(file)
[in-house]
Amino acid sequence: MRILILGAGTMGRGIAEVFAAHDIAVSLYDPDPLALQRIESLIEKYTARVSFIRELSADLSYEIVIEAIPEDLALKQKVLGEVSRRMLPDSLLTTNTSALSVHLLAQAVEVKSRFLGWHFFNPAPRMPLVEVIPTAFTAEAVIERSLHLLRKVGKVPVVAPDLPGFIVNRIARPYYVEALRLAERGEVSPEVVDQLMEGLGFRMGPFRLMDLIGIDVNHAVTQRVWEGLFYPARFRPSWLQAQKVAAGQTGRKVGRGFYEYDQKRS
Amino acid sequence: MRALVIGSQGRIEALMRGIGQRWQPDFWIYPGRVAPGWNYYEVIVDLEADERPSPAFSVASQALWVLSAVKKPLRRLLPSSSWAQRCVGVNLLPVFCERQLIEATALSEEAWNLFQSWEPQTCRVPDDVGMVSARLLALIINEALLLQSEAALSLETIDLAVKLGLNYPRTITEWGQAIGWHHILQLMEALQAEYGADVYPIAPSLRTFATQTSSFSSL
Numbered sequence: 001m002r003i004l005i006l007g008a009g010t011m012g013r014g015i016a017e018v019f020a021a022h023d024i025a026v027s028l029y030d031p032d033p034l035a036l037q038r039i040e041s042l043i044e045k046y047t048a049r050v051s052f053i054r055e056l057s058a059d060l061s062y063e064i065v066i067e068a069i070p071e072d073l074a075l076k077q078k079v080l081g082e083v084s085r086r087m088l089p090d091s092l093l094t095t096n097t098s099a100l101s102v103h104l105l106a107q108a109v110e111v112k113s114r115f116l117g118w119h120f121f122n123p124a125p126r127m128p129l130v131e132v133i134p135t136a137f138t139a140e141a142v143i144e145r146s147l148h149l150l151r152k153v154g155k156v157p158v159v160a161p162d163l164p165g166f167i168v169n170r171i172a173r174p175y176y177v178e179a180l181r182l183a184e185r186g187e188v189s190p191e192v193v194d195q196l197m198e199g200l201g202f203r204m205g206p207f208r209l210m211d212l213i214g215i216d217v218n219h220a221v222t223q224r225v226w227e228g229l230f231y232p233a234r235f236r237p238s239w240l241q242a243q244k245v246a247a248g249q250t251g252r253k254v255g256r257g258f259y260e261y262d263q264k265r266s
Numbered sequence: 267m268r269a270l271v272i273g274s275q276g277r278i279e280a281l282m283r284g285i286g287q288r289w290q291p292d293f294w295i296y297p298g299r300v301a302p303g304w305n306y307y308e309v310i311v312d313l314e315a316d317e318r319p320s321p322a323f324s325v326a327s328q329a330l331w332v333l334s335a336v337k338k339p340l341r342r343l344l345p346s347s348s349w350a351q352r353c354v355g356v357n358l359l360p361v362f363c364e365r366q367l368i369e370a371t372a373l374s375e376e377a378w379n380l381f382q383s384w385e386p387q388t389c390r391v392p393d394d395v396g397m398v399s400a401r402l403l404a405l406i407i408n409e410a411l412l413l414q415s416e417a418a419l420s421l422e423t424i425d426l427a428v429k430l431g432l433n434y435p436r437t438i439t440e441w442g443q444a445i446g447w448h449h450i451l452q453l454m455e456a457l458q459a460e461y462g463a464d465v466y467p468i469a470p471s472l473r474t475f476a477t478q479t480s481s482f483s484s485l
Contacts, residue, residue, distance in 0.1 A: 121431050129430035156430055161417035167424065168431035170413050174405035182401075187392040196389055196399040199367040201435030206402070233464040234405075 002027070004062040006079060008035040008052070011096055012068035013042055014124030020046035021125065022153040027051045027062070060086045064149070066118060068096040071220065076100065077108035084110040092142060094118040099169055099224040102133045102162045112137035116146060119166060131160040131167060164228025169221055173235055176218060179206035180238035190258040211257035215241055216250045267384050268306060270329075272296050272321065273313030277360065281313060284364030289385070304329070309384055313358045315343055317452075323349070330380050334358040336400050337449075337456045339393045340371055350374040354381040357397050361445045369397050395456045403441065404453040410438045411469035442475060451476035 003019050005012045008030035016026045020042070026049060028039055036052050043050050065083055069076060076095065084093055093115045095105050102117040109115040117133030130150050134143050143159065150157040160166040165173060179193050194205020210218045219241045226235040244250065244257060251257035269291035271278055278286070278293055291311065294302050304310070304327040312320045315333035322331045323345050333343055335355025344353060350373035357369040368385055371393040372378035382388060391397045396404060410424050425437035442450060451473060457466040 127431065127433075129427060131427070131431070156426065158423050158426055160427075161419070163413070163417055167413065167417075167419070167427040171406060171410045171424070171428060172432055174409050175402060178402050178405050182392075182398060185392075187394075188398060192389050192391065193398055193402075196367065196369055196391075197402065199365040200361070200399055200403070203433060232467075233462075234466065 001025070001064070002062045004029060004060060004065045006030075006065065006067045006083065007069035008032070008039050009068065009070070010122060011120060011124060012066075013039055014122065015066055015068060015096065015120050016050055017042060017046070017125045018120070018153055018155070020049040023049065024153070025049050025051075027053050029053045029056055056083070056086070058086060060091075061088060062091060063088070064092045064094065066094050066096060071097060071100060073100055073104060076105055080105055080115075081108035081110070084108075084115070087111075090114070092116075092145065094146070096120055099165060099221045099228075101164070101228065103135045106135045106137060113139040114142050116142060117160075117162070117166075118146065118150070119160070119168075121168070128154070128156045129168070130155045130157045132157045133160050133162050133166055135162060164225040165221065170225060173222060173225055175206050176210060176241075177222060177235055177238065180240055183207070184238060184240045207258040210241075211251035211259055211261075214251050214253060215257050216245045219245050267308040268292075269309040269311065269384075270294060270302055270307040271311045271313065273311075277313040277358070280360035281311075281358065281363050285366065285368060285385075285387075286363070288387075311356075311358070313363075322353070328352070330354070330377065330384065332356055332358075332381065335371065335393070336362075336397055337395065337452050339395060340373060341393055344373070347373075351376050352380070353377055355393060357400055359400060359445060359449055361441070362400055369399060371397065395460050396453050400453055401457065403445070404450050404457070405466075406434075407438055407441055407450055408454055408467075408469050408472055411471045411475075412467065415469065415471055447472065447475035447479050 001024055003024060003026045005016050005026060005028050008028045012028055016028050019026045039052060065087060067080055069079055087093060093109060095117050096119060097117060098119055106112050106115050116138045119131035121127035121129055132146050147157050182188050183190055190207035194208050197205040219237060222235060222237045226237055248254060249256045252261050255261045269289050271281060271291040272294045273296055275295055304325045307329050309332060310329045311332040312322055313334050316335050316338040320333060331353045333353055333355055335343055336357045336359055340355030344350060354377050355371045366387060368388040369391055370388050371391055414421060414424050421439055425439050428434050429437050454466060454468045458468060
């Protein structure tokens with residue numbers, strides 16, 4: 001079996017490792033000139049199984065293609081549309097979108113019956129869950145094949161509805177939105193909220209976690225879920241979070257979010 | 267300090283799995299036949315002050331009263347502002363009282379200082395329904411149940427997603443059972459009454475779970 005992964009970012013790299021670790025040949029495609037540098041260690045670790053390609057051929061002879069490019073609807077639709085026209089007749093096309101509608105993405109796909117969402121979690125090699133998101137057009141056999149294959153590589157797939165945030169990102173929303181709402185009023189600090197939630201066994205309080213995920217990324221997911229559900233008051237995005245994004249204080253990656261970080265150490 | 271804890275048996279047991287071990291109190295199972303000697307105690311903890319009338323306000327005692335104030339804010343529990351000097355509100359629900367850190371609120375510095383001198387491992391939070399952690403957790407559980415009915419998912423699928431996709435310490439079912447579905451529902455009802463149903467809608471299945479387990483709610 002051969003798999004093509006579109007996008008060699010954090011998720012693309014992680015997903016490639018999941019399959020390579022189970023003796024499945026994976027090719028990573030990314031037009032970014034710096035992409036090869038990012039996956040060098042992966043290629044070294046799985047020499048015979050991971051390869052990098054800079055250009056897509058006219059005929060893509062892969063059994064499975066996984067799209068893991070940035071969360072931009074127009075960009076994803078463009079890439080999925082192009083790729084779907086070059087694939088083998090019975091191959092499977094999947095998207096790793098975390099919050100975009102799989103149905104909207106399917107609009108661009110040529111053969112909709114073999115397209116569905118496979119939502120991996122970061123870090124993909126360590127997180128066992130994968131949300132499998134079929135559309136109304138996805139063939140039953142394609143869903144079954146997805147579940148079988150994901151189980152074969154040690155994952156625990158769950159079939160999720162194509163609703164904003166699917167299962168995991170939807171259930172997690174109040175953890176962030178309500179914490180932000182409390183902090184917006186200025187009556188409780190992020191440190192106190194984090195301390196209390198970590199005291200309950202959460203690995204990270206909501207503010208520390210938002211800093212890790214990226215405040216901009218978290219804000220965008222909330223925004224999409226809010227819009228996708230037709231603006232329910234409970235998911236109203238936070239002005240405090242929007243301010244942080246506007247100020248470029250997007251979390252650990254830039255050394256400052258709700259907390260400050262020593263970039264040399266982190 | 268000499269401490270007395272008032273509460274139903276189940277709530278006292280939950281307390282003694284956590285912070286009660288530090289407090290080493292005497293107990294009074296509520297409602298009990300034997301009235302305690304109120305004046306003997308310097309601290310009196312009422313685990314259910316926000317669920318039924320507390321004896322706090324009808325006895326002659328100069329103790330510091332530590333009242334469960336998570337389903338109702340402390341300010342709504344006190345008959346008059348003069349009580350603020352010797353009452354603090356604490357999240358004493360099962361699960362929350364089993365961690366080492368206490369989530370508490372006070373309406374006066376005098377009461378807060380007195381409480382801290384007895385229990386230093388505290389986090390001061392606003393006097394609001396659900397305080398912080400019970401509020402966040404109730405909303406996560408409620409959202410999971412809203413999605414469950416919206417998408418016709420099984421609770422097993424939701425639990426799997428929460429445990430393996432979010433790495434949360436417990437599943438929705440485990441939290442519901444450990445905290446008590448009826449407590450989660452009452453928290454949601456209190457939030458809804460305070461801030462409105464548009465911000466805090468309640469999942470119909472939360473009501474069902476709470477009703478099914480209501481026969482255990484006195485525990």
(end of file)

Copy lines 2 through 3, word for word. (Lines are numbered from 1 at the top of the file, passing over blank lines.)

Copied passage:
Amino acid sequence: MRILILGAGTMGRGIAEVFAAHDIAVSLYDPDPLALQRIESLIEKYTARVSFIRELSADLSYEIVIEAIPEDLALKQKVLGEVSRRMLPDSLLTTNTSALSVHLLAQAVEVKSRFLGWHFFNPAPRMPLVEVIPTAFTAEAVIERSLHLLRKVGKVPVVAPDLPGFIVNRIARPYYVEALRLAERGEVSPEVVDQLMEGLGFRMGPFRLMDLIGIDVNHAVTQRVWEGLFYPARFRPSWLQAQKVAAGQTGRKVGRGFYEYDQKRS
Amino acid sequence: MRALVIGSQGRIEALMRGIGQRWQPDFWIYPGRVAPGWNYYEVIVDLEADERPSPAFSVASQALWVLSAVKKPLRRLLPSSSWAQRCVGVNLLPVFCERQLIEATALSEEAWNLFQSWEPQTCRVPDDVGMVSARLLALIINEALLLQSEAALSLETIDLAVKLGLNYPRTITEWGQAIGWHHILQLMEALQAEYGADVYPIAPSLRTFATQTSSFSSL